Epidemiol Infect ; 149: e238, 2021 11 04.
Article in English | MEDLINE | ID: covidwho-1500390

ABSTRACT

The effectiveness of screening travellers during times of international disease outbreak is contentious, especially as the reduction in the risk of disease importation can be very small. Border screening typically consists of travellers being thermally scanned for signs of fever and/or completing a survey declaring any possible symptoms prior to admission to their destination country; while more thorough testing typically exists, these would generally prove more disruptive to deploy. In this paper, we describe a simple Monte Carlo based model that incorporates the epidemiology of coronavirus disease-2019 (COVID-19) to investigate the potential decrease in risk of disease importation that might be achieved by requiring travellers to undergo screening upon arrival during the current pandemic. This is a purely theoretical study to investigate the maximum impact that might be attained by deploying a test or testing programme simply at the point of entry, through which we may assess such action in the real world as a method of decreasing the risk of importation. We, therefore, assume ideal conditions such as 100% compliance among travellers and the use of a 'perfect' test. In addition to COVID-19, we also apply the presented model to simulated outbreaks of influenza, severe acute respiratory syndrome (SARS) and Ebola for comparison. Our model only considers screening implemented at airports, being the predominant method of international travel. Primary results showed that in the best-case scenario, screening at the point of entry may detect a maximum of 8.8% of travellers infected with COVID-19, compared to 34.8.%, 9.7% and 3.0% for travellers infected with influenza, SARS and Ebola respectively. While results appear to indicate that screening is more effective at preventing disease ingress when the disease in question has a shorter average incubation period, our results suggest that screening at the point of entry alone does not represent a sufficient method to adequately protect a nation from the importation of COVID-19 cases.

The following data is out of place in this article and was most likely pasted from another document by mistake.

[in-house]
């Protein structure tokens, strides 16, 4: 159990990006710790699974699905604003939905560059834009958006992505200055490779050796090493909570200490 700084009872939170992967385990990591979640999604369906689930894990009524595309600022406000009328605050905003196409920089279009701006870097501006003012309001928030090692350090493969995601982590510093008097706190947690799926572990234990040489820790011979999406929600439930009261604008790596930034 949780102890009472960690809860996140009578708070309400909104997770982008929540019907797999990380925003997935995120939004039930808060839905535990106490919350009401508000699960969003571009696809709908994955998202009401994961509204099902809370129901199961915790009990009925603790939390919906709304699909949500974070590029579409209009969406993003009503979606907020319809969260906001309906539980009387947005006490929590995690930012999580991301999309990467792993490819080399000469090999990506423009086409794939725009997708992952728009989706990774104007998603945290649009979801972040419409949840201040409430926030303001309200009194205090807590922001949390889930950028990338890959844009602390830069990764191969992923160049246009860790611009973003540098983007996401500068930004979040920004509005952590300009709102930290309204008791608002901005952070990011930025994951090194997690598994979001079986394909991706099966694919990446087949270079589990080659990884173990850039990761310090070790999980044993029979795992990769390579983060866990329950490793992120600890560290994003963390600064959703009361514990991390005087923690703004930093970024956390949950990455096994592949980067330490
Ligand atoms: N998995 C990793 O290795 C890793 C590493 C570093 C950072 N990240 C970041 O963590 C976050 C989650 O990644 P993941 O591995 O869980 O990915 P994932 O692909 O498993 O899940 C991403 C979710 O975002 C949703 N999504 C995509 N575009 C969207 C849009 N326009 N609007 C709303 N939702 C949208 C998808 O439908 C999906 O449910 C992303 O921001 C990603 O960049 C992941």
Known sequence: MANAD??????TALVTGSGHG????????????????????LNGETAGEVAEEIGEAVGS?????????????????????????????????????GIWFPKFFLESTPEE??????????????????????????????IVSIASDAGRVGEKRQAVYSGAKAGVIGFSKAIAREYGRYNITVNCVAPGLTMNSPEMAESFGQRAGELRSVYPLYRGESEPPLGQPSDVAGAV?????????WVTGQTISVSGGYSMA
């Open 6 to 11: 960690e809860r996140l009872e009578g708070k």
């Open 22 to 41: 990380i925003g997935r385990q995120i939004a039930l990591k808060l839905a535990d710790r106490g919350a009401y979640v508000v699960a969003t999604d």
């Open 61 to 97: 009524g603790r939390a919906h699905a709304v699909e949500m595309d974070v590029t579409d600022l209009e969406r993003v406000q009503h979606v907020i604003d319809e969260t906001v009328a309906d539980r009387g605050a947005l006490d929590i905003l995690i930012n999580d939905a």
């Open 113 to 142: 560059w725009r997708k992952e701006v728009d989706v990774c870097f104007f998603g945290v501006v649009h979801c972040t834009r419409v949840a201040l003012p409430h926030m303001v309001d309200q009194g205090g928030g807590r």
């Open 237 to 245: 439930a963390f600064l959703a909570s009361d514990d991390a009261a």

Subject(s)
COVID-19/diagnosis , COVID-19/transmission , Mass Screening , SARS-CoV-2 , Travel , COVID-19/prevention & control , Humans , Models, Biological , Monte Carlo Method , Risk Factors
6.
Philos Trans R Soc Lond B Biol Sci ; 376(1829): 20200264, 2021 07 19.
Article in English | MEDLINE | ID: covidwho-1309684

ABSTRACT

Early assessments of the growth rate of COVID-19 were subject to significant uncertainty, as expected with limited data and difficulties in case ascertainment, but as cases were recorded in multiple countries, more robust inferences could be made. Using multiple countries, data streams and methods, we estimated that, when unconstrained, European COVID-19 confirmed cases doubled on average every 3 days (range 2.2-4.3 days) and Italian hospital and intensive care unit admissions every 2-3 days; values that are significantly lower than the 5-7 days dominating the early published literature. Furthermore, we showed that the impact of physical distancing interventions was typically not seen until at least 9 days after implementation, during which time confirmed cases could grow eightfold. We argue that such temporal patterns are more critical than precise estimates of the time-insensitive basic reproduction number R0 for initiating interventions, and that the combination of fast growth and long detection delays explains the struggle in countries' outbreak response better than large values of R0 alone. One year on from first reporting these results, reproduction numbers continue to dominate the media and public discourse, but robust estimates of unconstrained growth remain essential for planning worst-case scenarios, and detection delays are still key in informing the relaxation and re-implementation of interventions. This article is part of the theme issue 'Modelling that shaped the early COVID-19 pandemic response in the UK'.